Nobody cares that the Bulls beat the Pistons over the weekend. We know they can beat bad teams. We know they can’t beat good teams. It is pretty remarkable how long this has been going on, one of the similarities between Boylen and Donovan eras. Surely the Donovan version is more competitive and aesthetically pleasing, but the ultimate results have been similar.
The thing I continue to be amazed by is that actually good teams have bad trip-up losses all the time in the NBA regular season. And the Bulls haven’t run into one of those circumstances in, like, two seasons?
Anyway, by virtue of simply existing and not actively trying to lose, the Bulls are still part of the East playoff, er, play-in picture. Currently in a tie for 10th with Indiana, but now 1.5 games over Toronto for that final spot with the Raptors on an eight-game losing streak that’s continued even after getting their starters back from health and safety protocols. They may trade Kyle Lowry this week. Above the Bulls include the Charlotte Hornets, who are a game better than Chicago but just lost their engine LaMelo Ball for the rest of the season due to a wrist fracture. The Knicks are in that mix as well, but we know they aren’t that good either and have a second-half schedule similarly difficult to the Bulls.
The trade deadline is Thursday afternoon, and the Bulls should realize their place: they are making this play-in (reminder, that’s seeds 7-10) by default. I don’t think even a bold deadline buy would get them into the top 6, as the teams in that range will likely be buying themselves and already have more talent if underwhelming records.
So what does Karnisovas do, if anything? So far he’s sat on his hands in the name of ‘evaluation’, but we all have completed that ourselves:
- Zach LaVine has played himself into being virtually untradeable
- None of the other young players (save Patrick Williams) have played themselves into looking like keepers
- The veterans have performed well to get them to this level
- The level is: they are good enough to not be an embarrassment, not good enough to beat good teams when they try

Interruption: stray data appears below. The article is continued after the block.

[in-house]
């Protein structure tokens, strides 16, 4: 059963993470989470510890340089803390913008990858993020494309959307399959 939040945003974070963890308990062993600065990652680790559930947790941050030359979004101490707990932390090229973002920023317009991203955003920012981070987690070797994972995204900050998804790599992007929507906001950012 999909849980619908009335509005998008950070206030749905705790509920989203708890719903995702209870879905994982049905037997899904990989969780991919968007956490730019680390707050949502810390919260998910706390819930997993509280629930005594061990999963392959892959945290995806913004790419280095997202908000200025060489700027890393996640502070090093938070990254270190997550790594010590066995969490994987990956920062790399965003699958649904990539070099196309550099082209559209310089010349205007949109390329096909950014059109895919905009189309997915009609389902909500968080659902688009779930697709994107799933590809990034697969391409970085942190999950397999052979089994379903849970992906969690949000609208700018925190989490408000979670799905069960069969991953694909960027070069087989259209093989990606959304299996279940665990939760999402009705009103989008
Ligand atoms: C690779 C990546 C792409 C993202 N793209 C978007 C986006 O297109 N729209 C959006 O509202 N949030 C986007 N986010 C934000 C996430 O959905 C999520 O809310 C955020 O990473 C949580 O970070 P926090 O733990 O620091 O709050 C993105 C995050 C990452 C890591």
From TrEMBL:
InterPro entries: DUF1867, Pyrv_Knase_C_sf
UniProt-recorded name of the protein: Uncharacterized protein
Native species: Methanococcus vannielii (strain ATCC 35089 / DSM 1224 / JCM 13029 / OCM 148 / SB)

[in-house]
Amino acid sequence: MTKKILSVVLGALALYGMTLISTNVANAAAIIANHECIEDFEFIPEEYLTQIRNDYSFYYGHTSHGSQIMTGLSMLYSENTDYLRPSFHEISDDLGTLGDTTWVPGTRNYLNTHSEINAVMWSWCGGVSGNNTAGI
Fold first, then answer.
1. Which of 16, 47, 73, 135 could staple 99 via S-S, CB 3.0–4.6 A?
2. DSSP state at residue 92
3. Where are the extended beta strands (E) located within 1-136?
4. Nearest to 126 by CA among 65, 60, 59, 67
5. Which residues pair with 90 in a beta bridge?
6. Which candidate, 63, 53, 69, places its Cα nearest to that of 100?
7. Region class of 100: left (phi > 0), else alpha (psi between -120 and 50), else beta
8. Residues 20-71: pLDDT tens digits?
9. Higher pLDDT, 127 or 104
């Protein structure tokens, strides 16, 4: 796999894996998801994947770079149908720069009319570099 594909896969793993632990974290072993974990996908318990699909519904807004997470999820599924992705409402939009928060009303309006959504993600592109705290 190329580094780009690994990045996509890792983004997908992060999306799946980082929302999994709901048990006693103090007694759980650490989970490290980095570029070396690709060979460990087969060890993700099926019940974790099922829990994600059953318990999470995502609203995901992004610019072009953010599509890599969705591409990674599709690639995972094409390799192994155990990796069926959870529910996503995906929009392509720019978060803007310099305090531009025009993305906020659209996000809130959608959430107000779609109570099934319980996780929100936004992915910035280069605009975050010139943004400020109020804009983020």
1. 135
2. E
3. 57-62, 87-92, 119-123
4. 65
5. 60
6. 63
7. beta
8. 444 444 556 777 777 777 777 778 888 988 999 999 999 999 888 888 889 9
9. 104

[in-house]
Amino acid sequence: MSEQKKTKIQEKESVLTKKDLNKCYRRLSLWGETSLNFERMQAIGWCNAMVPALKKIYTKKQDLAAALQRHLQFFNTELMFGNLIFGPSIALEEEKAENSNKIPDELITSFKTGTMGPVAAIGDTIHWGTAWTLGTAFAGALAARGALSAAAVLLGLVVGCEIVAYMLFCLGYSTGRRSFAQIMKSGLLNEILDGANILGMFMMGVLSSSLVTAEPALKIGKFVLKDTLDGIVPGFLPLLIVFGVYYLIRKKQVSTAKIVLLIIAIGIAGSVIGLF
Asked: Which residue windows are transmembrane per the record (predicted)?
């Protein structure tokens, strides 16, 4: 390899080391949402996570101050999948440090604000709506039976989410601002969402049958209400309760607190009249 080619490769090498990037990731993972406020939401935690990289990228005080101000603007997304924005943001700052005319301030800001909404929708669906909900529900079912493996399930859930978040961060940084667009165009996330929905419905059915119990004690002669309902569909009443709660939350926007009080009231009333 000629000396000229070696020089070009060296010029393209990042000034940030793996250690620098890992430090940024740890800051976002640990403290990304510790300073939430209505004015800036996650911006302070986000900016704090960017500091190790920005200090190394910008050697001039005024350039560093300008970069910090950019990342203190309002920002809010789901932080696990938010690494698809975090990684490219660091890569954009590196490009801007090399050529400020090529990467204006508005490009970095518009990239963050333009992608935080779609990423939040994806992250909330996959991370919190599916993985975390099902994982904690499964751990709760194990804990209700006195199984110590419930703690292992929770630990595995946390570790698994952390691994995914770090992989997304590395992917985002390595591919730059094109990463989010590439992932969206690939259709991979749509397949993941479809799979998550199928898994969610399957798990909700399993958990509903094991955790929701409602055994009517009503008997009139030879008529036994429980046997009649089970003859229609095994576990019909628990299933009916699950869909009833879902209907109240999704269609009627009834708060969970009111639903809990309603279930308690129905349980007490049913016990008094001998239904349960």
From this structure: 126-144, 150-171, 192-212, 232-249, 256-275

What real place is that as a franchise? I think setting a goal of ‘don’t be Boylen-esque embarrassing’ as pretty weak, but I see the reason to stay that course if that’s what you set in the offseason when obvious holes in the roster weren’t fixed.
But I really don’t think trading Thaddeus Young for a future asset will make them embarrassing again. As has been the past 20 years, the conference will always sink lower to compensate.
I just want Karnisovas to do something. That could mean selling on Young and/or other veterans. It could be as little as tinkering around the edges to at least solidify the team a bit: Felicio+Kornet+Arcidiacono+Hutchison could all be waived by Thursday at 3pm and more interesting players signed and I’d consider that ‘at least a move’.
Doing nothing would be so depressing, just another point of evidence that it’s the same ownership (and advisors) with Arturas looking more like Gar-nisovas.
At least we have rumors! Zach Lowe today re-emphasized that Young is likely to stay as the Bulls are valuing him internally more than his possible trade value (though he has a source saying a first-round pick is ‘likely’, which you’d think AK has to take). However, Lauri Markkanen as an upcoming restricted free agent may be on the move (Brian Windhorst said something similar last week).
Meanwhile, Kevin O’Connor at The Ringer had something juicer (warning: K. O’C. is a volume shooter when it comes to rumors) with the Bulls being in pursuit of another upcoming RFA in Lonzo Ball of the Pelicans. O’Connor even pegs the Bulls making an offer of Satoransky and second round picks, which sounds too low of an effort to be taken seriously (Jake Fischer at SI says Markkanen was discussed with the Pelicans). But it does reestablish the Bulls interest in Ball as a potential fit for them.